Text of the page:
You know that feeling when you open your closet and just can’t decide what to wear? For me, it usually happens the same morning that I’ve decided to get up and get to the office early to be extra productive, or that moment I realize I’m late to meet a friend for drinks.
Yeah, sure, my propensity for procrastination might be somewhat to blame, as well as the joy I take in exploring my personal style. But largely, it’s a direct result of the overabundance of options. Last fall, I put all my stuff in storage to live out of a large duffel bag for the summer while I worked for a rafting company. When I moved into a one-bedroom apartment in the fall, I sort of didn’t know what to do with the colorful blouses, t-shirts, sweaters, dresses, jeans, slacks, and skirts I suddenly had access to. Every day I felt like a kid playing dress-up: over-stimulated and a little clueless.
Since then, I’ve moved back into a duffel bag — or, rather, a carry-on. And, as a digital nomad currently living in Colombia, I’m probably not going to turn back for a while. But even if I could own more, I’m not sure I’d do it. And that’s what brought me to Project 333.
One Simple Goal
The story of Project 333 begins with Courtney Carver, a working parent from Utah. She was living a fairly standard American existence of business and consumerism when suddenly, everything changed: she received the diagnosis of multiple sclerosis. After a period of processing and grief, Carver started to look around for ways to live healthfully and happily with MS. She honed in on stress.
In order to be healthy, Carver decided, she needed to simplify her life. She started with her diet. If it didn’t make her body feel good, she got rid of it. Next, she looked at her shopping habits, which went hand-in-hand with her debt. All at the same time, she stopped spending and focused on downsizing her debt. This led her to her closet, and to Project 333.
33 items, three months: Project 333. It’s a clothing challenge Carver initially posed to herself and blogged about, bringing others along for the journey. The rules are that for three months, you must stick to 33 items in your closet, including clothing, shoes, outerwear, and accessory items. The list does not include workout clothes, sleepwear, and in-home loungewear, and you can only wear your workout clothes to work out.
The challenge took off around 2010, and now just searching for Project 333 on Instagram or YouTube comes up with a whole list of people who have tried the challenge and are showing off their new minimalist wardrobes (caution: extremely addictive!).
Most people who try the challenge say that people around them don’t really notice their lack of an extensive wardrobe — that in fact, the challenge encouraged them to focus more on their favorite pieces of clothing and thus develop and hone in on their own personal style. Verena Erin, the creator of the YouTube channel My Green Closet, has a great video with tips about how to stay true to your own experience in this endeavor, suggesting things like not buying new pieces right away to create the “perfect” capsule, or asking why you wear certain clothes more than others.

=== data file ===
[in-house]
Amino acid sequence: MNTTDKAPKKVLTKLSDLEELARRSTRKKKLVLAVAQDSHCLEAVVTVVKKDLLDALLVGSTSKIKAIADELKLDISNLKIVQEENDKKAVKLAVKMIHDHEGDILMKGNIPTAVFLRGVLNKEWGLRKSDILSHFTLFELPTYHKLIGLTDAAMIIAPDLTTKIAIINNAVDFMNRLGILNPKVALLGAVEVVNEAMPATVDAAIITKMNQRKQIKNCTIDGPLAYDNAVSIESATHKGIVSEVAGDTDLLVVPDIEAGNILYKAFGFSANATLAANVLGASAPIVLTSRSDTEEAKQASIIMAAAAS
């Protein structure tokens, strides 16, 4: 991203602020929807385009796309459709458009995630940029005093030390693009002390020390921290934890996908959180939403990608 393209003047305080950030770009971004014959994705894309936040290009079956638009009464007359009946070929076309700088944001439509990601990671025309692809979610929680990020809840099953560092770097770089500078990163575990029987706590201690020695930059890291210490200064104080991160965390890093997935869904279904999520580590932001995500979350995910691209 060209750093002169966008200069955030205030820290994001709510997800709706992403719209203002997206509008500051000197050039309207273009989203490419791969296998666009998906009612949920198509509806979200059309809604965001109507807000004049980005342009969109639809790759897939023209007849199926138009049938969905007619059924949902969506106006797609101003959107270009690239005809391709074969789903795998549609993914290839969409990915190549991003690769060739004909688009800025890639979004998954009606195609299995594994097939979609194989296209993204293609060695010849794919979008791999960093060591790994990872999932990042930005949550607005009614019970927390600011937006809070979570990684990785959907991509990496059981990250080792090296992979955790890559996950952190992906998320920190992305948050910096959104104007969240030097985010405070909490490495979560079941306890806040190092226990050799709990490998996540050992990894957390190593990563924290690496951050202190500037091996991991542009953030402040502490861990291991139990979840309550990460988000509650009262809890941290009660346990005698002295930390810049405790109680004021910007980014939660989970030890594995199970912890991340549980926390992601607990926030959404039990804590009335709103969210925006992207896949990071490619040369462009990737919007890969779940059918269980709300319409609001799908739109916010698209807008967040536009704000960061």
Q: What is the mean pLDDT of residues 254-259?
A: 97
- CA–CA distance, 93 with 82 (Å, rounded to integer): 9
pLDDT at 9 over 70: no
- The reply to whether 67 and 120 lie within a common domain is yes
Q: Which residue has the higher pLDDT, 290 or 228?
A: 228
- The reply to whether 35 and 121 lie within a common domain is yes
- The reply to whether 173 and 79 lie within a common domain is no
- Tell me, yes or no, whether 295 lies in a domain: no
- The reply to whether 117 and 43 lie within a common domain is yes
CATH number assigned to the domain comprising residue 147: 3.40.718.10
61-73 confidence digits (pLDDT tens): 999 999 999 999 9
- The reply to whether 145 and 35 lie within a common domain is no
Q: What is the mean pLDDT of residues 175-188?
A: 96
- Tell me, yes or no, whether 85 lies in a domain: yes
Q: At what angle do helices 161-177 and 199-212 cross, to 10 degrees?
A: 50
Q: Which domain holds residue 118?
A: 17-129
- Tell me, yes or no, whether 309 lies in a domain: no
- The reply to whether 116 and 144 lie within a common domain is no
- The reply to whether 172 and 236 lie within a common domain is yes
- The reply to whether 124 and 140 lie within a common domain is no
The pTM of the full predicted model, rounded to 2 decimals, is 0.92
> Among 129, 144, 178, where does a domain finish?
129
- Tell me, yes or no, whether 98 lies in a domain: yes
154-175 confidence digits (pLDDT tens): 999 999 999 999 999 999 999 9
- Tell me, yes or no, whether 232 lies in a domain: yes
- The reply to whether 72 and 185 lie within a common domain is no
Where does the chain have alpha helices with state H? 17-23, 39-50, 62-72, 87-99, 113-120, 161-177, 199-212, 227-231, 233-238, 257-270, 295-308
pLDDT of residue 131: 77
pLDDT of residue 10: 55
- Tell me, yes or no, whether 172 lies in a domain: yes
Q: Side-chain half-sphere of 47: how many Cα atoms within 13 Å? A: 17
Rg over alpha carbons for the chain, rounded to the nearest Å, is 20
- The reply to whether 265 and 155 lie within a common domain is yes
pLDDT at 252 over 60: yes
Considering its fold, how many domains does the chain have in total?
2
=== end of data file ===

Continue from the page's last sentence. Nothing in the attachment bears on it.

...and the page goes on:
Above all, both Carver and Erin make sure to point out that this is your capsule wardrobe, and you shouldn’t worry too much about following the rules or having a minimalist style or making it match someone else’s. The idea kind of reminds me about how hard it can be sometimes to choose what to pack — you want to be prepared, comfortable, and stylish; but it’s hard to leave your loved pieces behind. However, at the end of the trip, if you’re like me, you’re so used to the clothes you ended up bringing that you forgot almost entirely about the rest.
Capsule Wardrobes Aren’t a New Thing…
33 items are actually quite a few, when you think about it. In fact, comparing Project 333 with long-term travel and even other capsule wardrobe challenges, the amount of clothing you’re allowed to have actually feels a little luxurious. It’s certainly more than I have in my suitcase, which does include workout clothes. And speaking of that, what about those of us who combine our workout clothes with everyday wear? Theoretically, we could have even fewer items in the closet.
I’m sure we’re all well aware that only decades before, people owned fewer clothes. And the French are credited with maintaining a similar standard today, while somehow managing to be some of the most fashionable people in the world. In 2014, Jennifer L. Scott, author of Lessons from Madame Chic, gave a Tedx talk in St. George about the 10-item wardrobe — an idea she’d gotten while living abroad in France with a stylish French family. Another woman from Seattle went even more extreme with it, wearing a single homemade brown dress every day for an entire year as a performance art piece (yes, she washed it). And there are about a million articles on building a capsule wardrobe.
…and They Aren’t an Old Thing
All this is to say that capsule wardrobes aren’t some wild and crazy trend — they’re actually quite easily attainable for even the most fashion-conscious among us, and entirely customizable. We all have different lifestyles (some of us even live out of suitcases) and it’s not all about the challenge, or even about the rules. It’s about having that space in your life, so you can fill it with positive things — not worry about how many items are in your wardrobe.
Nearly a decade after being diagnosed with MS, Courtney Carver experiences practically no symptoms of her illness, and she attributes this to the simplified life she worked hard to build for herself. In just a few sentences, she summed it all up during a CGTN interview from last year: “For me, the decluttering is not about owning the stuff, or just having less. For me, it’s about love and health. And in order to give my family and friends the best of me, I have to be healthy.”
You can follow Carver and the project on her blog, Be More With Less.